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(10-19-2017, 07:05 PM)chazt Wrote: Long story short.

I've been plagued with worsening bilateral osteoarthritis in my knees for 12 years. In that time I've had 3 arthroscopies (2, right and 1, left), two years of physical therapy, a bajillion and one cortisone shots, two rounds of hyaluronic acid "gel" shots, stem cell therapy and PRP therapy. I've exhausted all medical options short of total joint replacement. Tried like hell to avoid such major surgery.

This afternoon I consulted with a third doctor, with 2 more surgical consultations scheduled over the next 2 weeks. I liked today's surgeon the best so far - his attitude, approach, overall presentation, thoughts, etc. He listened to me. This doctor was recommended by my friend and chiropractor who had a total knee replacement operation with him a few months ago.

Despite the upcoming final two consultations, I scheduled a date of December 11 with today's doctor. I am sooo ready!

Please share your experiences.

Thank you.

My surgery experience are of the spine not the knee and are a little too many to cover in a post. Let me just say I wish you the best of luck, although I've just realied it may be done by now.

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 01-27-2018, 04:42 PM
  • Mouser
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  • Forest City, Florida U.S.A.
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And reading further I see that it is. So best of luck with your recovery  and my advice is to be as active as you can.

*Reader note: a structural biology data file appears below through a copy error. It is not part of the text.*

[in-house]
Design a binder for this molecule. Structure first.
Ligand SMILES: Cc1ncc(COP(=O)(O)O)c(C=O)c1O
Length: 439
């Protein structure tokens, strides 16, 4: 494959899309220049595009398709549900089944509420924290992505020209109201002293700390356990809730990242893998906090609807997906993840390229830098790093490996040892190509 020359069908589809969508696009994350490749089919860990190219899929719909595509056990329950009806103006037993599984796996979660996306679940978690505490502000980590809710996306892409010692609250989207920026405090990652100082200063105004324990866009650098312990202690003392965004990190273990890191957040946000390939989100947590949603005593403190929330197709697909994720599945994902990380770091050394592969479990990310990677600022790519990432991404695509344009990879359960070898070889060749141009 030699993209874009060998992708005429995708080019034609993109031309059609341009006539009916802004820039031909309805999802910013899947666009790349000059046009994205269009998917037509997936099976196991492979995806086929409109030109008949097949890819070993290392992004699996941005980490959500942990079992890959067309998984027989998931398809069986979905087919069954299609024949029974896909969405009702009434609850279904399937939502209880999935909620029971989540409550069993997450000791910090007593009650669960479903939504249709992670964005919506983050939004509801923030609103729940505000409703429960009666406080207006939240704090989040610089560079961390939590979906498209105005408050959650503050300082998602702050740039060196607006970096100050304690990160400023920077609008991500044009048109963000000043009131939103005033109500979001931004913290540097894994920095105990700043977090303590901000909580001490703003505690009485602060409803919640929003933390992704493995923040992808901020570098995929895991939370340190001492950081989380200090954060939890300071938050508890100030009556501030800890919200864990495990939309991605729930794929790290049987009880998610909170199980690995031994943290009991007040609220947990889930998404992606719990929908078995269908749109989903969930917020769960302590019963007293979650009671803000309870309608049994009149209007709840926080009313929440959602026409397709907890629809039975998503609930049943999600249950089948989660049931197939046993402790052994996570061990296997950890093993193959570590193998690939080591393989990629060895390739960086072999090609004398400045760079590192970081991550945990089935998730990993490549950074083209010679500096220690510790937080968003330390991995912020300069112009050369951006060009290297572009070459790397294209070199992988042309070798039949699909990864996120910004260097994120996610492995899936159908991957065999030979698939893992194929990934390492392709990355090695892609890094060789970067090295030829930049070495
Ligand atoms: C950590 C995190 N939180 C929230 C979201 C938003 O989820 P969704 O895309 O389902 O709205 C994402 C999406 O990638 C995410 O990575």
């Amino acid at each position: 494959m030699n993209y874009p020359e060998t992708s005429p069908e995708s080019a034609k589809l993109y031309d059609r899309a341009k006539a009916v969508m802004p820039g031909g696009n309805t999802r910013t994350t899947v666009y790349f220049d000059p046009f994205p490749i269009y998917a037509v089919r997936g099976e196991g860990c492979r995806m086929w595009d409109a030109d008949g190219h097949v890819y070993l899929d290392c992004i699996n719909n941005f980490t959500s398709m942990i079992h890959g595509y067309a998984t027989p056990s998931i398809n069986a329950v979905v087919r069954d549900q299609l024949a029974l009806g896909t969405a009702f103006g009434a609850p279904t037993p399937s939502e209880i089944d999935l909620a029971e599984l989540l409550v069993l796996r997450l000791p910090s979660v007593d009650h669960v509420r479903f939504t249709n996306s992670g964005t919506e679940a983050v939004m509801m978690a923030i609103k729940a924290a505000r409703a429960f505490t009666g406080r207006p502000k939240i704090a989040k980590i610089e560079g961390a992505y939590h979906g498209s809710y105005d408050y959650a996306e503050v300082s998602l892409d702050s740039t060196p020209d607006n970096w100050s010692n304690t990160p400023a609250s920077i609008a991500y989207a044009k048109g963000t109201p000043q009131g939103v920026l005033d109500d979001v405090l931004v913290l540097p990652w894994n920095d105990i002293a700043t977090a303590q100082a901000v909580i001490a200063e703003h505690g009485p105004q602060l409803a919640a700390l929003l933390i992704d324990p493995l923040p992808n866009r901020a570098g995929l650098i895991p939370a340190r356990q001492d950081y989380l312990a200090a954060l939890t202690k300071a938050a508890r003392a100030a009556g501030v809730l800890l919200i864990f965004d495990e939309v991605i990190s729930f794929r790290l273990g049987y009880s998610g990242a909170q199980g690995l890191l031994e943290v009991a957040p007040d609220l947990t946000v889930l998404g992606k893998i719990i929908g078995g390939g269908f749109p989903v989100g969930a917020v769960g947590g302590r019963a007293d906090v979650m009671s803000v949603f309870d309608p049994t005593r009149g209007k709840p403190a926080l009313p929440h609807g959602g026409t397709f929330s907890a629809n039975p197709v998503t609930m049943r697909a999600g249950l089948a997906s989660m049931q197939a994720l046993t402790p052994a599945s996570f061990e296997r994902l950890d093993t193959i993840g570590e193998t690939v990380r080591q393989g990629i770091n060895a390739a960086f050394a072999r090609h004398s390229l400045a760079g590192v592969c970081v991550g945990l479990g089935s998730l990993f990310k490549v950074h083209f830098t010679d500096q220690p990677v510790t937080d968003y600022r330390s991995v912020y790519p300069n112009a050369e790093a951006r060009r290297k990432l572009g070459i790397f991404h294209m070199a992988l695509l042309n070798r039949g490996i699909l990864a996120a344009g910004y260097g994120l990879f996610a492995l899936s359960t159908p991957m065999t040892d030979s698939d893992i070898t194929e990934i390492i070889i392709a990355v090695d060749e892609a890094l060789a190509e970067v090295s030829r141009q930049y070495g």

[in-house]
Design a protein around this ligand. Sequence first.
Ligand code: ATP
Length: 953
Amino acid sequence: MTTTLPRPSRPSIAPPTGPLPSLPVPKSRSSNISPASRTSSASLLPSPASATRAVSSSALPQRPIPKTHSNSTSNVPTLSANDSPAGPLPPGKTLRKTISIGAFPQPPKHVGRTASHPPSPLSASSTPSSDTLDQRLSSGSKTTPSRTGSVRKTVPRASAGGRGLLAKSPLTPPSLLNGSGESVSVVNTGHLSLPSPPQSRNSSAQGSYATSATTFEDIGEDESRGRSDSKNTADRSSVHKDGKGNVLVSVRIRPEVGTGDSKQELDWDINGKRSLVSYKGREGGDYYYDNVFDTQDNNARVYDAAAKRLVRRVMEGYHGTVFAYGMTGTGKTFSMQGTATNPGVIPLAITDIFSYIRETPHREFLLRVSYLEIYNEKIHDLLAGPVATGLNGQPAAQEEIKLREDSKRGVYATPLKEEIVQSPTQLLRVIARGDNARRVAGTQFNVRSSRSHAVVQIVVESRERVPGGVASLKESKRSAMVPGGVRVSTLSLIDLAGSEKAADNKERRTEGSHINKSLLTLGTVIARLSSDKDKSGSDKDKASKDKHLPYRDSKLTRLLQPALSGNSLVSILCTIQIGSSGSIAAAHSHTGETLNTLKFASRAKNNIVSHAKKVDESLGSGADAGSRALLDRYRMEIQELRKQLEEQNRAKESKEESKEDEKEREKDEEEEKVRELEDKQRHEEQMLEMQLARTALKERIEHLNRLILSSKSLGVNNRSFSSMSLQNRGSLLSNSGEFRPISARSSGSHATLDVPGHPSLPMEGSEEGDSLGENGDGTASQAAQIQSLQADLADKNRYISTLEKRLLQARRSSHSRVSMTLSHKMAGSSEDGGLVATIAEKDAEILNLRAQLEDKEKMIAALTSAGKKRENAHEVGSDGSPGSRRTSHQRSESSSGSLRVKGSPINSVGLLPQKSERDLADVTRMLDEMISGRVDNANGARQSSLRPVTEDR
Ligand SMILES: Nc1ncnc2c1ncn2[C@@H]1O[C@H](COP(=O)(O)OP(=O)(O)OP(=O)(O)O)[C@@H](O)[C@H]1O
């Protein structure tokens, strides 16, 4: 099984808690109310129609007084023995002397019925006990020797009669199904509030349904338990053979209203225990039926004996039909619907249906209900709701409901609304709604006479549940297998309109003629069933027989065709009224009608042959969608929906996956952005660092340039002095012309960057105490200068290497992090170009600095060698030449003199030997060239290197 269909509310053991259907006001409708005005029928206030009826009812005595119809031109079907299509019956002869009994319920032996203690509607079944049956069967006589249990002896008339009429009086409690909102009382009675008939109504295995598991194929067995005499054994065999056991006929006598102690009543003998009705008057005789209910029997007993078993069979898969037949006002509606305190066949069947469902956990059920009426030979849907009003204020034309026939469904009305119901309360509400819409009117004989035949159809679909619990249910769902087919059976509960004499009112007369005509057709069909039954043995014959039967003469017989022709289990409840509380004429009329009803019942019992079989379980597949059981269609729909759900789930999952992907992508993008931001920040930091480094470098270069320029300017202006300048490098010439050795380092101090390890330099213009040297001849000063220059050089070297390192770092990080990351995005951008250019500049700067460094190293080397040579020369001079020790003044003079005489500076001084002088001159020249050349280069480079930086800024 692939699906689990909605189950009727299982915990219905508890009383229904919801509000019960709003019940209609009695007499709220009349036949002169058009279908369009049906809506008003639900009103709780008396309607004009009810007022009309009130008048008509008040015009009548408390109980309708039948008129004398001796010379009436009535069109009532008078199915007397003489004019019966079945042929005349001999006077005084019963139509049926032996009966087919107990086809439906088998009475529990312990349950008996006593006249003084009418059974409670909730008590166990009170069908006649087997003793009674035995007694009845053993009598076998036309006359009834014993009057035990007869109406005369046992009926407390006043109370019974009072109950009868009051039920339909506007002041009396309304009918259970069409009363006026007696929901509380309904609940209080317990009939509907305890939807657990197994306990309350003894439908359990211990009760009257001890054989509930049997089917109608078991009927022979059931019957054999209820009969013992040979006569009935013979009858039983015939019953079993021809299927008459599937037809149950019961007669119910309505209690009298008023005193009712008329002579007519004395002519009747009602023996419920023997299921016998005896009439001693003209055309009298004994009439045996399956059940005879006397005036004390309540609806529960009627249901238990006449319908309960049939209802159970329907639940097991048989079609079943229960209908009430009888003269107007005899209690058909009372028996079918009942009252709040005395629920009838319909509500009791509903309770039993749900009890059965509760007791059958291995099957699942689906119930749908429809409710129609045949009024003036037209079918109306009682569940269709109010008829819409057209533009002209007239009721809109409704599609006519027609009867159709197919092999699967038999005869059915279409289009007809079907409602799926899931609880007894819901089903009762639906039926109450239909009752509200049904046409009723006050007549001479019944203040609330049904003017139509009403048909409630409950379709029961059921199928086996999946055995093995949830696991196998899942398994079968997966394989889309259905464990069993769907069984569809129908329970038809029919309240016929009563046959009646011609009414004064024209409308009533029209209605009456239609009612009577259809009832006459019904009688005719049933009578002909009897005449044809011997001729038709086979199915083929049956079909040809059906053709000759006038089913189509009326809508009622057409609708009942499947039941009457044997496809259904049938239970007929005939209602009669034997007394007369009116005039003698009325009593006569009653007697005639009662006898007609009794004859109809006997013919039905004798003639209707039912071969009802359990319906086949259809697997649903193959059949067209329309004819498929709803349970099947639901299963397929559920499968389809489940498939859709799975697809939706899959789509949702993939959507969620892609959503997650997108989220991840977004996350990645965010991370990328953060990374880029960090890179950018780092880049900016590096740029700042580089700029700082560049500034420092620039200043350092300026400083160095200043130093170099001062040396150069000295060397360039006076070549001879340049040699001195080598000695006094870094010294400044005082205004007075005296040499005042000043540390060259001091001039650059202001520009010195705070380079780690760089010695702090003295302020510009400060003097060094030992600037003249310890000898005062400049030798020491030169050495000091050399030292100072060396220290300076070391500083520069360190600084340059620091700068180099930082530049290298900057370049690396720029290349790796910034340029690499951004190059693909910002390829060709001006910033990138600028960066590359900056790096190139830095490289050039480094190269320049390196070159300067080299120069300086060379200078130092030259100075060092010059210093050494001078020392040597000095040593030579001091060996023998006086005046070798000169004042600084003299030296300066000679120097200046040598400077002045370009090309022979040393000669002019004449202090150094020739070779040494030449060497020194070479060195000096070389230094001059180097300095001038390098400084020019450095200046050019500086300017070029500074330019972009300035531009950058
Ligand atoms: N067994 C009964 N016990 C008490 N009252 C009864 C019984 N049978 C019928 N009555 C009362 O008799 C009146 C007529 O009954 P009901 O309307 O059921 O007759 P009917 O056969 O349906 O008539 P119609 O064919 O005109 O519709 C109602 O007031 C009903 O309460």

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 01-27-2018, 06:48 PM
  • chazt
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  • Queens, NY
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(01-27-2018, 04:42 PM)Mouser Wrote: And reading further I see that it is. So best of luck with your recovery  and my advice is to be as active as you can.

Thanks very much. You’re quite correct. I learned from watching my father and father-in-law in the last years of their lives that a huge key to longevity and continuing good health is in fact activity, both physical and mental.

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 01-31-2018, 11:36 AM
  • chazt
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  • Queens, NY
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The last week or so I’ve been getting back to doing more household chores, going for walks as the weather permits, even accompanied G to the grocery store today. Brother, let me tell you, I’m wiped out! The PT tells me that stamina is the last thing to return. Strength and flexibility are easy he said. Thankfully I still have another four weeks or so to build myself up before going back to work. Gotta keep at it.

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 01-31-2018, 03:08 PM
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Yeah, but you can see improvement. You know that it's working. That's great!

I'm in your cheering section.

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 01-31-2018, 06:22 PM
  • chazt
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  • Queens, NY
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(01-31-2018, 03:08 PM)ShadowsDad Wrote: Yeah, but you can see improvement. You know that it's working. That's great!

I'm in your cheering section.

Thanks, Brian. That’s very kind of you to say.

The PT (Tom) told me today while applying the TENS pads and ice, “Chuck (he calls me Chuck), you’re doing great!” He’s really proud of what I’ve accomplished so far.